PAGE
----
No sooner had I tracked down Peter Stamm’s Seven Years in January as one of those books I had meant to read last year but had never got round to, than there was his name (which I had previously been quite unfamiliar with) on the short list for the Man Booker International Prize. Not only do I discover that he has written a number of novels prior to Seven Years but that Michael Hofmann has done an admirable job of making him available in English. Even this novel was originally published in America in 2010.
Seven Years is, I suppose, a novel about love, but one in which its main characters seem unusually unacquainted with the emotion. Its narrator, Alex, spends the novel torn between two women: fellow architect Sonia, whom he marries, and Polish illegal immigrant, Ivona. On the surface there doesn’t seem much of a choice. Ivona is described as follows:
“She was probably our own age, but she was completely unattractive. Her face was puffy and she wore her midlength hair loose…Her clothing looked cheap and worn.”
As Alex points out:
“Sonia was the absolute opposite of Ivona. She was lovely and smart and talkative and charming and sure of herself.”
Yet despite this Alex finds himself attracted to Ivona, a girl he only meets as one of his friends invites her to join them as a cruel joke. He is not won over by her personality, which is difficult to decipher in her long silences, nor her sexuality, as she refuses to sleep with him or even let him undress her initially. For this very reason, however, Alex finds himself desiring her:
“I hadn’t been so excited in ages, maybe because I so completely didn’t care what Ivona thought about me.”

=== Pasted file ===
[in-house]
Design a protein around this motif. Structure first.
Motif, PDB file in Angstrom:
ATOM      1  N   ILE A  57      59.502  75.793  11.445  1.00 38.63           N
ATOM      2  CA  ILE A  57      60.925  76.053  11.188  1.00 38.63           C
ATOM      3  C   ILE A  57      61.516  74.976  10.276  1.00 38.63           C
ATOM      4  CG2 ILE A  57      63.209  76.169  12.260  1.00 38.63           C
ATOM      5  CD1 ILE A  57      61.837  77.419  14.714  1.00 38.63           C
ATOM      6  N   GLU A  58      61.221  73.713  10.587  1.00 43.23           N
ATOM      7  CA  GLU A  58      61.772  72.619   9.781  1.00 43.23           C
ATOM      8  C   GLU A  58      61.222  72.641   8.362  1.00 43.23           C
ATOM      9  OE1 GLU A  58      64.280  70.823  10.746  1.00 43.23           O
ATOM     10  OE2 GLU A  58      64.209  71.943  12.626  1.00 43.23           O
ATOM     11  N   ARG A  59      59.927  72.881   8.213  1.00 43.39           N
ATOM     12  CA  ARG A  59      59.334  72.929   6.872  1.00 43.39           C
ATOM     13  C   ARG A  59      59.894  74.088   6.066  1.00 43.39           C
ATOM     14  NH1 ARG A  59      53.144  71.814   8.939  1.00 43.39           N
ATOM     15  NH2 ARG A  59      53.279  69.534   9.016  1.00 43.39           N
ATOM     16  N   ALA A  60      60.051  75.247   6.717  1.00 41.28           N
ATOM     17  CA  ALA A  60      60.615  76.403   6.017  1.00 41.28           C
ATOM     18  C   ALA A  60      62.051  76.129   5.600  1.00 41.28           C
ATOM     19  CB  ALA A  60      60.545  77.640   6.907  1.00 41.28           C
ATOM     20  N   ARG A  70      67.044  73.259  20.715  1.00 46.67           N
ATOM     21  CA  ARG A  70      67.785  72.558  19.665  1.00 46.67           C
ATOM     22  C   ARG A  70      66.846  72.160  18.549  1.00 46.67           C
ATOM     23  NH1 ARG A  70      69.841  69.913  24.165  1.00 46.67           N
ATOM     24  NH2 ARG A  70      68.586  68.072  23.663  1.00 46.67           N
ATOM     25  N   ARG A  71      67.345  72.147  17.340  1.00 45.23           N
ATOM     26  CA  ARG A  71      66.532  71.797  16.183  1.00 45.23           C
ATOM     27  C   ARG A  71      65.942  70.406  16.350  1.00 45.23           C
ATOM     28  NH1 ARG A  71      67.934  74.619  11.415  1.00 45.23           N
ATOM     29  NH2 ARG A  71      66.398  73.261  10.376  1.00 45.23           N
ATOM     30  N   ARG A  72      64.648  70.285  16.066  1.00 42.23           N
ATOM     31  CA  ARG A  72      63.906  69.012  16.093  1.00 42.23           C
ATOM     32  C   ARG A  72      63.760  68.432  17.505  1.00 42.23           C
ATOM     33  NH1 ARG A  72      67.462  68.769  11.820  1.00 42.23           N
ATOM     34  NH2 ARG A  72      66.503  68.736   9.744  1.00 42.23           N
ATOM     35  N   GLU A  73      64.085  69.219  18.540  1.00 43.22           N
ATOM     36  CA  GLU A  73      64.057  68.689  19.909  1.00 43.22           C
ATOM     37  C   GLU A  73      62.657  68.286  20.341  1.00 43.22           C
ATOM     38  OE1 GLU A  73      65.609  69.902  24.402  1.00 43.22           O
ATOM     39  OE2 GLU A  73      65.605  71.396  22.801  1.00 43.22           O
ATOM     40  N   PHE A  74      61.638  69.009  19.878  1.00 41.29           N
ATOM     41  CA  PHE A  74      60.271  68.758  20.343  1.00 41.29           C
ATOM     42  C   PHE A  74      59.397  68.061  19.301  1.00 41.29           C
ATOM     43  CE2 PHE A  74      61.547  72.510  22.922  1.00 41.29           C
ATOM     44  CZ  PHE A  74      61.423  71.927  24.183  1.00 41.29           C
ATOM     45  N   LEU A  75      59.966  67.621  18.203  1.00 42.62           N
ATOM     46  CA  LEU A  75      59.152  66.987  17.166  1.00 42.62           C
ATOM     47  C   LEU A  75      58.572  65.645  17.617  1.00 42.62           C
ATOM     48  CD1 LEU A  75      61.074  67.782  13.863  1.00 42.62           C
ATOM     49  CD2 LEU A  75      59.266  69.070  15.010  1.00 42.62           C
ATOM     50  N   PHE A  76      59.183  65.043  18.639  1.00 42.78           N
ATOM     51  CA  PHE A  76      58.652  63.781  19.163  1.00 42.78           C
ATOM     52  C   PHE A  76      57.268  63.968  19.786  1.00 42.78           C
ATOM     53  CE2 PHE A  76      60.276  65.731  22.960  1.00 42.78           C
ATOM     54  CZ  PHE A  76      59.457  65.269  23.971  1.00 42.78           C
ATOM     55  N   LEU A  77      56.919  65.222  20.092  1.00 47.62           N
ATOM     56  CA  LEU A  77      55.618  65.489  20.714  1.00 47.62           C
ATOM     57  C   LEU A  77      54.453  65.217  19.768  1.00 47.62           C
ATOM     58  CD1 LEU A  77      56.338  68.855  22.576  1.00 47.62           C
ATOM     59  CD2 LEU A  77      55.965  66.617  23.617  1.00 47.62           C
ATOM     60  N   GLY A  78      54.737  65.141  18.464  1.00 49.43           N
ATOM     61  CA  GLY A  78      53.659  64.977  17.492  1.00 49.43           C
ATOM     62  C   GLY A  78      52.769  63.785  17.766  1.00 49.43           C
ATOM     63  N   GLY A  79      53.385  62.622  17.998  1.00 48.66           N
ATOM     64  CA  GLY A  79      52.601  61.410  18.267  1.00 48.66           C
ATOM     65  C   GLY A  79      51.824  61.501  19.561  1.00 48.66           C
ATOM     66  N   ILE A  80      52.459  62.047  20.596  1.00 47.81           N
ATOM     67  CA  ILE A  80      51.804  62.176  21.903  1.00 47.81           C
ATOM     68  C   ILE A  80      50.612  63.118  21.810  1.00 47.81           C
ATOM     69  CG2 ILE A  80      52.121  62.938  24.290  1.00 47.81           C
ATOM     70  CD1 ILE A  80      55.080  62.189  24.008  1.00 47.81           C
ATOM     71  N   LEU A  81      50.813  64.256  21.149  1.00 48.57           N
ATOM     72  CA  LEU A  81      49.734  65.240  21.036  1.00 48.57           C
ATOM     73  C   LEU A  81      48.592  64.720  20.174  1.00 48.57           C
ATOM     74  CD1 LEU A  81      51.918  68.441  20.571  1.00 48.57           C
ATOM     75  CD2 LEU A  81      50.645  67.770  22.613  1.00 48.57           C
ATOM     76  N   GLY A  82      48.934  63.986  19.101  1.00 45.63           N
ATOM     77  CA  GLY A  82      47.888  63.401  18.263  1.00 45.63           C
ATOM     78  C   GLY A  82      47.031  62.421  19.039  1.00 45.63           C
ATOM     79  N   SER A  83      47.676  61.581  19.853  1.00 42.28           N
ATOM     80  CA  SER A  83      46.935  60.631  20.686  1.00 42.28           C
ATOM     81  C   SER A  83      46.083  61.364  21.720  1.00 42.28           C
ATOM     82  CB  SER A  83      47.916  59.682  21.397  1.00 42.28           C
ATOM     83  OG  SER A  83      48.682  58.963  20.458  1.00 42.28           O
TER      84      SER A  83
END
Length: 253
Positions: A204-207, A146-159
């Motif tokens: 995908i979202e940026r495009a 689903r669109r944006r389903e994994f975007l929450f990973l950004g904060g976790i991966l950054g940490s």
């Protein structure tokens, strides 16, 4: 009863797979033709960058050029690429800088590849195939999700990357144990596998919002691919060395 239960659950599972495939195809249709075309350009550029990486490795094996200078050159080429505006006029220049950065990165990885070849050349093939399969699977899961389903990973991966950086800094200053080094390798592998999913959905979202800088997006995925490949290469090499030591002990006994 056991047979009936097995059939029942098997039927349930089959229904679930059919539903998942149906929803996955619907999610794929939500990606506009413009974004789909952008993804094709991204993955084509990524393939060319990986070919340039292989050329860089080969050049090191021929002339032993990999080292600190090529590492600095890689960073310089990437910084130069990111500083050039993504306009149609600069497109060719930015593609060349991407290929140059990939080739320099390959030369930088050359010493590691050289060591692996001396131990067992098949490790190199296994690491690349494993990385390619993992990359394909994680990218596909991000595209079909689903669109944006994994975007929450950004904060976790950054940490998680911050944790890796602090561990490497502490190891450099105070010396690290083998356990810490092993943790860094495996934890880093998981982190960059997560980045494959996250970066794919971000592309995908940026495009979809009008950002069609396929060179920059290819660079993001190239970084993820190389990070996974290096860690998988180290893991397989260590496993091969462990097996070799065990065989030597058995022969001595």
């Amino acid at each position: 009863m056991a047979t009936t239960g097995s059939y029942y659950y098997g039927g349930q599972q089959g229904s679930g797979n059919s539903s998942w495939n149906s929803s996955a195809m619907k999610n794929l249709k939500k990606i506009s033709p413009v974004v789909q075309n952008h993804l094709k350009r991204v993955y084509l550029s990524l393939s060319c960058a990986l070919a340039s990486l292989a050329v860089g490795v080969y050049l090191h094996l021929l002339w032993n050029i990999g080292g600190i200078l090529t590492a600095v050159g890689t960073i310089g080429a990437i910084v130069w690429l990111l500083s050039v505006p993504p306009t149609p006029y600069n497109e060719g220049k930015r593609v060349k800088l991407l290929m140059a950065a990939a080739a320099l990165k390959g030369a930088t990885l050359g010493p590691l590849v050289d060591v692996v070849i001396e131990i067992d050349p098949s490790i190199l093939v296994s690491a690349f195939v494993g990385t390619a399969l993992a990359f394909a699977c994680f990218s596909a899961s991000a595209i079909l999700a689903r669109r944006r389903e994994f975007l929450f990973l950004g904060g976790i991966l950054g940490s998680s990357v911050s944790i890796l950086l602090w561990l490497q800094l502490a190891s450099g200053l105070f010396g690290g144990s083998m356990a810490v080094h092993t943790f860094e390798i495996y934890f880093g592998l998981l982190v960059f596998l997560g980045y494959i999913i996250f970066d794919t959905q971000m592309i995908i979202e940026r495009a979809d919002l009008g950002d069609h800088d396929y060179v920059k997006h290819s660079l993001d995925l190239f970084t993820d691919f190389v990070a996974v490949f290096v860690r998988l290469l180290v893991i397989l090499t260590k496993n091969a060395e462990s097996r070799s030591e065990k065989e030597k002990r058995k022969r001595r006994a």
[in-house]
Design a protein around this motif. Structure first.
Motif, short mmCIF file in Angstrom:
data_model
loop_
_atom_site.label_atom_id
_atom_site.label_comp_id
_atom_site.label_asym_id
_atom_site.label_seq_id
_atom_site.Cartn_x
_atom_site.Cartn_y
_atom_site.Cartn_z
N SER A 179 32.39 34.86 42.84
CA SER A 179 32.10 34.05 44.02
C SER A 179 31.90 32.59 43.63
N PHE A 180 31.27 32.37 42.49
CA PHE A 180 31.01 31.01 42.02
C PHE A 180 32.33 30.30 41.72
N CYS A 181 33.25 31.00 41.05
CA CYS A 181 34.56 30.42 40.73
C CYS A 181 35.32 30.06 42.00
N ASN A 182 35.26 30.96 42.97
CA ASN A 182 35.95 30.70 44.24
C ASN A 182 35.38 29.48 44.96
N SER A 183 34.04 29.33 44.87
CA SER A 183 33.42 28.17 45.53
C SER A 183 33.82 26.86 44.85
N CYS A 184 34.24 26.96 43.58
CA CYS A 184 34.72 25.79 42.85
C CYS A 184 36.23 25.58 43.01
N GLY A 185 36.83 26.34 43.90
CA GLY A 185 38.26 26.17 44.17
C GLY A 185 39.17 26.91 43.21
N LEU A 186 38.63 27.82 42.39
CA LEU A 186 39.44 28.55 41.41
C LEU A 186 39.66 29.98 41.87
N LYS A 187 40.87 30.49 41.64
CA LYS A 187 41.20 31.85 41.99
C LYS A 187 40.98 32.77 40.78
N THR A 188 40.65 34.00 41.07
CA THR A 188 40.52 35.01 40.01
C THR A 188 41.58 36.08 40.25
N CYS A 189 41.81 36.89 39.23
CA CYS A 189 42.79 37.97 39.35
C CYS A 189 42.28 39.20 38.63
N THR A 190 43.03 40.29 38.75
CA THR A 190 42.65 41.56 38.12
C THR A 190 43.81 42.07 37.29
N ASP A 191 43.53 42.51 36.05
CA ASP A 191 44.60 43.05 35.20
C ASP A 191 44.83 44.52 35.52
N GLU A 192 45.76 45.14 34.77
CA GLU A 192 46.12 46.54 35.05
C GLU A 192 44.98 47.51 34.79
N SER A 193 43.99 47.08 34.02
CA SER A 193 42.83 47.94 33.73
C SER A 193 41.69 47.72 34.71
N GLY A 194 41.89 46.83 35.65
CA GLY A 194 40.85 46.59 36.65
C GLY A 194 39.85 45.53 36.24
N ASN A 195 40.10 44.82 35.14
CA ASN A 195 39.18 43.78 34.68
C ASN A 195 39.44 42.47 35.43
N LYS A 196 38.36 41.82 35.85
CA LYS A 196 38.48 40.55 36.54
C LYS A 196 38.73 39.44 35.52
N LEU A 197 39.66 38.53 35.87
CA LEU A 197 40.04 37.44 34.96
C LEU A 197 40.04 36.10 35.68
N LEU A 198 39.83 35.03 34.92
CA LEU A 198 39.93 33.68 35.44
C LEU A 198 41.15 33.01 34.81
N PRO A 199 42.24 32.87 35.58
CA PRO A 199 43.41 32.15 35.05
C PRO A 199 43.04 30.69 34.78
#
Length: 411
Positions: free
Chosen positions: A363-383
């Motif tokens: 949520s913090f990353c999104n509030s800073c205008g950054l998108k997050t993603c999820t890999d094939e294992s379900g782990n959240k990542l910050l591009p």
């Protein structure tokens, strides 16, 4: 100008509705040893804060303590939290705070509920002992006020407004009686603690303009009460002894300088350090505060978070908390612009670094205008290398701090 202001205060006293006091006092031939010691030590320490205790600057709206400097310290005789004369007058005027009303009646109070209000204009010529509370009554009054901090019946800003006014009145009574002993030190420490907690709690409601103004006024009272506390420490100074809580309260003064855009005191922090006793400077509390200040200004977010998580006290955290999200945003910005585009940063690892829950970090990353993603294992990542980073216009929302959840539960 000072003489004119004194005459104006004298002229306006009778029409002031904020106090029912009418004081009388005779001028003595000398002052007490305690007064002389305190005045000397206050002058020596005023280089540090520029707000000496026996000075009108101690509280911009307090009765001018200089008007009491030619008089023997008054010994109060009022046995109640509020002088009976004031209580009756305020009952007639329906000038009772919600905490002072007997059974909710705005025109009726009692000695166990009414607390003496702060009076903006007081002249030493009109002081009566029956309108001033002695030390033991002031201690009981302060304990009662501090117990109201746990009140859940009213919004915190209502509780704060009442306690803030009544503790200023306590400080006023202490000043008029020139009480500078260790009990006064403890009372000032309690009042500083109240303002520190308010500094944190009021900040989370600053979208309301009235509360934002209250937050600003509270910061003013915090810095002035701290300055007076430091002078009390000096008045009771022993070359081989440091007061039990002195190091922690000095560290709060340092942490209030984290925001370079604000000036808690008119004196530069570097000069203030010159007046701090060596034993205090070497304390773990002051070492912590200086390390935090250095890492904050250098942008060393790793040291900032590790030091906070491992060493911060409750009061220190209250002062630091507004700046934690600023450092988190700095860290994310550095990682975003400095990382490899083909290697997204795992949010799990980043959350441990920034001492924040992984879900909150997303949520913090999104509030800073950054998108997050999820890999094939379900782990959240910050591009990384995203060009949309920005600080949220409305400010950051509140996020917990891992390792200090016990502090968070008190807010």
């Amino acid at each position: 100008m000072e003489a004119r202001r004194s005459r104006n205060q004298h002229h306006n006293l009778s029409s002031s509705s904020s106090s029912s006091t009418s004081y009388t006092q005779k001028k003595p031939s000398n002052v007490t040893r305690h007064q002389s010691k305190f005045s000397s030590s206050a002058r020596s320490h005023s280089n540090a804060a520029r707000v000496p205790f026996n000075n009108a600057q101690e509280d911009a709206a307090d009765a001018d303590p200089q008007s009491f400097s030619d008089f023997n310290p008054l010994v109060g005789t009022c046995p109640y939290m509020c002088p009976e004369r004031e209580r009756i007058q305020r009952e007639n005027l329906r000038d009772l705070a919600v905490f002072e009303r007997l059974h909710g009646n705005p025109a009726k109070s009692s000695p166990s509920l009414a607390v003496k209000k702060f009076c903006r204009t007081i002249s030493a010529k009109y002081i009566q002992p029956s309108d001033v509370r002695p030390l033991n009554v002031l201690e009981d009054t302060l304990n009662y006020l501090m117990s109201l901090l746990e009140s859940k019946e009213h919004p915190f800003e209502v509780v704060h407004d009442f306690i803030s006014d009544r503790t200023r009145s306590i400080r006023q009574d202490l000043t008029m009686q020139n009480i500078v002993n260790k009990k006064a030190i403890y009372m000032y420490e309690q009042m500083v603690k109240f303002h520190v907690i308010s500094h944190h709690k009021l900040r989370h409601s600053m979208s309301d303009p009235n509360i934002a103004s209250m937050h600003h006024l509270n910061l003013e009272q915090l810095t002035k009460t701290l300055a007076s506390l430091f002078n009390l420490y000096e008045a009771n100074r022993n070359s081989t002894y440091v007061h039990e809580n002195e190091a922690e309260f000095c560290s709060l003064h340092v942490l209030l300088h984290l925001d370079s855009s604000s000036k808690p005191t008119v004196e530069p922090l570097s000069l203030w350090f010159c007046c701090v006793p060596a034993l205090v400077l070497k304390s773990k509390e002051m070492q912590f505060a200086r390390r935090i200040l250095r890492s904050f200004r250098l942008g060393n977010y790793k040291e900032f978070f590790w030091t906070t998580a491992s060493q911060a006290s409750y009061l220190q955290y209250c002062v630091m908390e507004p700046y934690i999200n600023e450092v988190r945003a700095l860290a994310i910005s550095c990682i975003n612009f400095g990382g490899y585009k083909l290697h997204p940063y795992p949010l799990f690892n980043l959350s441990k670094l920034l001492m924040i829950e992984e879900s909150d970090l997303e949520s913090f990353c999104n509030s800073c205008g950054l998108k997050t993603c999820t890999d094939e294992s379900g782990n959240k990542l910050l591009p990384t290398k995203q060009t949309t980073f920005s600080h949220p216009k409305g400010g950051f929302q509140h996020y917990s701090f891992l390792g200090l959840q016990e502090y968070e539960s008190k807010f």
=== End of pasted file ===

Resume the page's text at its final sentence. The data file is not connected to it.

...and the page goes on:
After their first meeting, Alex has no intention of ever seeing her again, yet within a few days he is searching her out. This is a pattern that repeats itself throughout the novel: more than once Alex decides that it is over, only to be drawn back to her, sometimes years later. It becomes clear that the only character capable of love is Ivona, who loves Alex so unselfishly that she allows him to use her whenever he wants.
Meanwhile Alex creates a separate life where he is married to Sonia and they start up their own firm of architects. Professionally the relationship is based on a compromise: Sonia does not leave to work abroad and Alex puts design to one side to run the company. This compromise infects their whole relationship where their marriage seems more a partnership than a love story. Alex first considers a relationship with Sonia when he photographs her sleeping, suggesting the superficiality of his feelings.
Alex and Sonia’s selfishness can be seen most clearly when Ivona falls pregnant. Sonia has not been able to conceive and so they decide to adopt the baby:
“I felt bad about taking the child from Ivona, but I was firmly convinced it was the best for all concerned.”
It’s difficult to know whether the ‘all’ in this sentence includes Ivona. Their daughter, Sophie, is never told about her mother.
The cleverness of this novel is that Alex and Sonia are clearly ordinary, likeable people, but their treatment of Ivona (in which Sonia is complicit as she knows about the affair when accepting Sophie) is monstrous. Stamm doesn’t labour this point but lets it seep into the novel. By the end, when their marriage finally falls apart, and Alex says, “I wasn’t happy exactly, but for the first time in a long while, I felt very light and alert, as though I’d come round after a long period of unconsciousness,” I saw it not as liberation for him but as a further self-absorbed delusion.